The timing of this record could not have been better, coming at a time when US President Barak Obama lifted the decades-long embargo of Cuba bringing that country into the international league of nations. The fantasy of Cuba has finally become real, wholly and completely, for Americans. Moreover, the title of this album is intriguing too. In translation, Obama Manda a su Nganga suggests that ‘Obama is the leader of the high priests of the palo – in the Congo and greater Africa’ makes this act by the sitting US President quite a radical one; almost a guerrilla act in the face of American hegemony all over the world – a fallout from the Dubya Doctrine (axis of evil, etc.) It is almost as if Obama has become the leader of this radical musical society of spiritualists if anything, where music and art if freed of tyranny. What a fantasy…
In reality, of course, the leader is a young New Yorker, Taylor Watson, a guitarist who has been quietly passionate about Cuba (and Brasil). This album has been crafted with songs almost completely written by Mr. Watson recorded in one long descarga by musicians from the Egrem studios in Havana. While this recording may not be as celebrated as Buena Vista Club, or the recordings of Jane Bunnett, or older imprints by Bebo and Cachao, and Irakere, the descarga is visceral and exciting and if listened to carefully, seriously good. Taylor Watson’s own prowess as a composer reveals itself in his stronger melody/accompaniment textural differentiation throughout. His swagger manages to take full advantage of the instrumental resources without compromising the music’s design and cumulative sweep.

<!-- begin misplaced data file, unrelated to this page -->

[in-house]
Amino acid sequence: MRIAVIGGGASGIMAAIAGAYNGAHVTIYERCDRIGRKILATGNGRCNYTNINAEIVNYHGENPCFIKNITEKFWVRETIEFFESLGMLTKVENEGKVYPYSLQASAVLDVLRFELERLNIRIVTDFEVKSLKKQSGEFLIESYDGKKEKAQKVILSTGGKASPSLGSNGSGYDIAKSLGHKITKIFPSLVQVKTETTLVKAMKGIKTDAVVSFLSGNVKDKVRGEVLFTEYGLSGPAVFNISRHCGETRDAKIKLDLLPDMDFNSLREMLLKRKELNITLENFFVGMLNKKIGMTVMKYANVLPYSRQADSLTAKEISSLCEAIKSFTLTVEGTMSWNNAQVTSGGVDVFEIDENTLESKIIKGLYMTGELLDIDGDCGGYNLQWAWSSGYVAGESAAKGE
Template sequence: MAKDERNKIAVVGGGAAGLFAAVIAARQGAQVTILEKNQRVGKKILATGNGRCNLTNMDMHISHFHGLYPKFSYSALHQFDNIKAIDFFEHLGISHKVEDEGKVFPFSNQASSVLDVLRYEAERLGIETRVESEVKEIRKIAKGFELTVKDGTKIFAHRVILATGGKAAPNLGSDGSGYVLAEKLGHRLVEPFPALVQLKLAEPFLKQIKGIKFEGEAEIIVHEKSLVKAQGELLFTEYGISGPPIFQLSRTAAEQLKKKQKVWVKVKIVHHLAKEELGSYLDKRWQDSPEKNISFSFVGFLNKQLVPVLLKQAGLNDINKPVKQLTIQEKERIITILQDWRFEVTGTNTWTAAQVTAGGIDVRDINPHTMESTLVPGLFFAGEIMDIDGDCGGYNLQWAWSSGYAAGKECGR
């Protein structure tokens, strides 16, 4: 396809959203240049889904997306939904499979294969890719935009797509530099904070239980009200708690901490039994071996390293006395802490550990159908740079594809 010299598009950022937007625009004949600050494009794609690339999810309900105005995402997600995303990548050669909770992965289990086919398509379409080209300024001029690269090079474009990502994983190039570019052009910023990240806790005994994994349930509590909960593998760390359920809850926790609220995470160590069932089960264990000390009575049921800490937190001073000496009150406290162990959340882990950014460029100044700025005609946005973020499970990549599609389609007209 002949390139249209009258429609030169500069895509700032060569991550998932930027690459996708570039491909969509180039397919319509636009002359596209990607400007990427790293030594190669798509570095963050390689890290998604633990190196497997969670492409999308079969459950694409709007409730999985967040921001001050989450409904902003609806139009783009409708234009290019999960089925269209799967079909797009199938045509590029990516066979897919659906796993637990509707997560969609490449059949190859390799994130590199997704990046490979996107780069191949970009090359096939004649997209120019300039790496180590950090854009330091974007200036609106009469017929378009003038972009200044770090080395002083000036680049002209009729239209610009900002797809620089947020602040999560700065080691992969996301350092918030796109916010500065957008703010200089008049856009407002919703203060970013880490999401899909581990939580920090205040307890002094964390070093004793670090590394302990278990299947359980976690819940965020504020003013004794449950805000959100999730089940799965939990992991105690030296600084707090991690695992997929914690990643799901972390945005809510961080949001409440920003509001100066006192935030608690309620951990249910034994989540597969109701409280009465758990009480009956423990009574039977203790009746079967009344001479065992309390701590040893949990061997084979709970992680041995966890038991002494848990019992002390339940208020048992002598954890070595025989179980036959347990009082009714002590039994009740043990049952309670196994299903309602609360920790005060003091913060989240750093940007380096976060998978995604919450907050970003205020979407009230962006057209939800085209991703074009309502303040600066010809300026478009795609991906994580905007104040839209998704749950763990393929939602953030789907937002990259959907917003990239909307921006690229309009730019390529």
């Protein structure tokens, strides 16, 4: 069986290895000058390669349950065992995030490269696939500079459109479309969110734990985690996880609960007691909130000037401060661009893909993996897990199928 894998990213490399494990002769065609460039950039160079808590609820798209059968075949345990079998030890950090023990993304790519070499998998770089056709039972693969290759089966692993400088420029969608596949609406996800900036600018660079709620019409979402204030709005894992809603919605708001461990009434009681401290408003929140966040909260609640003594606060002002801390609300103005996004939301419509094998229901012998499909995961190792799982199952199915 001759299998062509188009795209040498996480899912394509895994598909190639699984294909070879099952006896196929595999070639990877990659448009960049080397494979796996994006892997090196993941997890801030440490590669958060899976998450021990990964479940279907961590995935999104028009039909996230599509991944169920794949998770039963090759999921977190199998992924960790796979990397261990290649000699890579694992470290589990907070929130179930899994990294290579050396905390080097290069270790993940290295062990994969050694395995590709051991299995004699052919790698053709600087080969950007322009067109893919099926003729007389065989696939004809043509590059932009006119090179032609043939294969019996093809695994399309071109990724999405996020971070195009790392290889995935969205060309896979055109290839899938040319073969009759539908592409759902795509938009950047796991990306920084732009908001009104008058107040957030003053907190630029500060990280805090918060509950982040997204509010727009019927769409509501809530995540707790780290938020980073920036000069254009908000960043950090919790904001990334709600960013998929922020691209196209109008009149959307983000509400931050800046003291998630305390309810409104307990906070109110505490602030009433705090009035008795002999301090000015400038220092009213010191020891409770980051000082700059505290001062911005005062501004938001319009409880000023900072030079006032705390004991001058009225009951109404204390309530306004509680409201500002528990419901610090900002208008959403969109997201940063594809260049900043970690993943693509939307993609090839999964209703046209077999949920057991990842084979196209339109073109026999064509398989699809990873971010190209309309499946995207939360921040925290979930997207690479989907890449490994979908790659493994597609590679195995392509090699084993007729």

Who would suspect that this recital’s protagonist – a young musician from the US – was capable of firing such a salvo of technically immaculate and musically mindful interpretative metaphors of musical history – both Jazz and Afro-Cuban? But here he is composing that wonderful suite “Manda a su Nganga” taking us through music from Buddy Bolden to Peruchin, and finally, tongue firmly in cheek, to Obama’s historic act. This is celebratory music at its finest. Lovely themes emerge from seeming disorder and the narrative is a tantalising blend of tranquility and turmoil. And then there is that ingenious rhapsodic fantasy “Gershwin en Cuba” that shows you Cuban musicianship at its finest! They also vouchsafe unbridled ingenuity – both intellectual and musical. One can say about Taylor Watson’s interpretations, which are characterised by tightly knit tempo relationships and intelligently scaled dynamics.
This is an immensely satisfying and thoughtfully put-together programme that should please all fans of Afro-Cuban descargas.
Track List: De Cuba Para Brooklyn; Camila; Washington Heights; Pucho Marquez; Tú; Bolden Manda a su Nganga; Lorenzo Manda a su Nganga; Peruchin Manda a su Nganga; Obama Manda a su Nganga; Gershwin en Cuba; Colberto Reporto; Y Nos Vamos Ya.
Personnel: Taylor Watson: guitar and tres, and various instruments; Various musicians featuring: Rodolfo Argudín Jústiz “Peruchin”: piano and voice; Elpidio Chappotin: trumpet; Lazaro Rivero Alarcón: bass; Adalberto “Candelita” Ávila: bass; Jorge Lorenzo Parejo Torres: voice; René Suárez: conga, timbale and voice; Dreiser Durruthy Bombalé: tumbadora and batá.
About Son de Brooklyn
Taylor Watson has been playing and teaching diverse styles of music for many years. After studying jazz guitar and political science at Oberlin College (with a semester studying Spanish music in Granada, Spain), he relocated to San Francisco, California and formed the Latin jazz group Cafe Con Leche. Multiple trips to Cuba and Brazil led him to explore those countries’ musical traditions, including recording half his group Son de Brooklyn’s album Los Hipsters No Bailan at the famed Egrem Studios in Havana. Since 2005, he has been performing and teaching in New York City from his home in Park Slope, Brooklyn. Read more…